Instrument technicians, also known as backline technicians, look after the instruments and other backline equipment such as amplifiers for players before and during live shows.
What is the job like?
More successful and bigger bands make use of several technicians, who may specialise in one area, such as guitars (electric and acoustic), keyboards, or drums/percussion.
You will work as part of a team and will keep in close contact with musicians and other technicians during the show. Following health and safety guidelines and regulations is a vital aspect of the work.
The work includes:
- Overseeing the careful loading and unloading of equipment to and from the lorry/van
- Setting up equipment on stage, to include speakers, amplifiers, effects pedals, stands, lap-tops, keyboards, and drums
- Cleaning equipment and polishing instruments
- Tuning instruments using an electronic tuner
- Testing the equipment before the sound-check
- Changing strings/drum-heads, either before or during a show
- Repairing instruments and equipment as necessary, making leads and repairing cables working from a designated area off-stage
- Handing players different guitars or other instruments on cue at exactly the right time during a performance.
The job involves working long hours which include evenings and weekends. If you are touring you may spend long periods of time away from home.
Within orchestras and the classical music world, players generally look after their own instruments, conducting basic repairs themselves during a performance if necessary. The only exception is when a piano is used, when a piano tuner will normally be available.
Instrument technicians usually work for the artist or artist management/tour/production company on a freelance basis.
How do I become a backline technician?
Instrument technicians need strong practical skills and an understanding of electronic music systems and software. Good communication skills and the ability to get on with people are important in order to work with the other team-members and musicians. Instruments technicians need to be calm and focussed in all situations use their initiative and have lots of common sense.
Jobs are rarely advertised – people find work through contacts and agencies.
The ability to play an instrument, such as guitar, keyboards or drums is a great advantage and is normally essential. You will also need a good musical ear, in order to tune instruments accurately.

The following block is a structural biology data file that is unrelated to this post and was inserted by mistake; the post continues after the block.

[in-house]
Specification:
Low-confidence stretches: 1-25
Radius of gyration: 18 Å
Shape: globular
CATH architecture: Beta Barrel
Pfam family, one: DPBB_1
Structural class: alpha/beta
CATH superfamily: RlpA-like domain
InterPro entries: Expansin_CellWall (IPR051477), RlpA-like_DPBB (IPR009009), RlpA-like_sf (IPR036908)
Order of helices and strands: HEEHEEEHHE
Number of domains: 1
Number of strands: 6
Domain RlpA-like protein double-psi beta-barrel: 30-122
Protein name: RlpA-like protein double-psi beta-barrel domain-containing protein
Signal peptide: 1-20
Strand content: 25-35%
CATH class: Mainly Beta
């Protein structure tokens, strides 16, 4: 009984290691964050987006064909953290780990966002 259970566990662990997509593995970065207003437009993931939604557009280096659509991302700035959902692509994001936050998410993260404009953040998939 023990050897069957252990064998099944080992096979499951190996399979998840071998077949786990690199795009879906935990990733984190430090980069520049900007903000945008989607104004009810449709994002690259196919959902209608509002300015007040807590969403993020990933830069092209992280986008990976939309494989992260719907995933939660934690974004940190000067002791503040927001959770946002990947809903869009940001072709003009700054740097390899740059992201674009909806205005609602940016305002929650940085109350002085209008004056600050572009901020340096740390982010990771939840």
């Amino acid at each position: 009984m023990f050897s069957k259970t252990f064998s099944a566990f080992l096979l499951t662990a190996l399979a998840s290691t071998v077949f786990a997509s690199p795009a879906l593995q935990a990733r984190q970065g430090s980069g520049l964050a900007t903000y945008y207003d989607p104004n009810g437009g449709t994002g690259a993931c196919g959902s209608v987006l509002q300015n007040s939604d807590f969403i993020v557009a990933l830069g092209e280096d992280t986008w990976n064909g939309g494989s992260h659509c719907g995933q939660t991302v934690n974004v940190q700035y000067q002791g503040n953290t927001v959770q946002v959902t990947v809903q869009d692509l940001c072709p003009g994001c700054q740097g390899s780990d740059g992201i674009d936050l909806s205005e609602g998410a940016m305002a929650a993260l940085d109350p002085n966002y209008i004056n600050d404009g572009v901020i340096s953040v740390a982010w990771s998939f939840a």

You can start to gain experience whilst still at school – take every opportunity to work with bands or performers. In this way, people will get to know you, which is the way to get on in the music industry. Jobs are rarely advertised – people find work through contacts and agencies.
Working with a music hire company can be a good starting point in this industry as you will gain related experience and make lots of contacts.
What training and qualifications do I need?
Relevant school subjects include science, maths, IT/Computer Studies, Design and Technology, electronics and music/music technology.
Qualifications in electronic/electrical engineering and or music technology can help. Entry requirements vary, so look at individual colleges and universities for the qualifications they ask for.
Some relevant qualifications include:
- BTEC Level 2 Diploma in Engineering or Music Technology
Entry with two GCSEs (A-D)
- BTEC Level 3 Diploma in Engineering (Electrical/Electronic) or Music Technology
Entry with four GCSE (A-C) passes
- HND in Music Technology
Entry with minimum of A level or BTEC Level 3 or equivalent
- Degree in Music Technology
Entry with minimum of 2 A levels or equivalent and normally 5 GCSE (A-C) passes – popular courses may ask for 3 A levels at high grades. Music technology A level may be required.
In addition, specialist courses in guitar making and repair are also available, which could also be useful for guitar technicians, in combination with other skills/qualifications.
What can I earn?
Instrument technicians are employed on a freelance basis for a tour, festival or concert/gig. This usually means that they are not employed for every single week of the year.
A basic starting wage for an instrument technician would be around £140 a week including transport. For someone with much more experience earnings would be around £1200 per week, with around £20 a day for expenses and travel (known as 'per diems').
At the very top earnings could reach £2100 per week with an additional £25 for expenses. The intermediate and high-level technicians would also receive transport costs on top, and have all their hotel accommodation and food provided.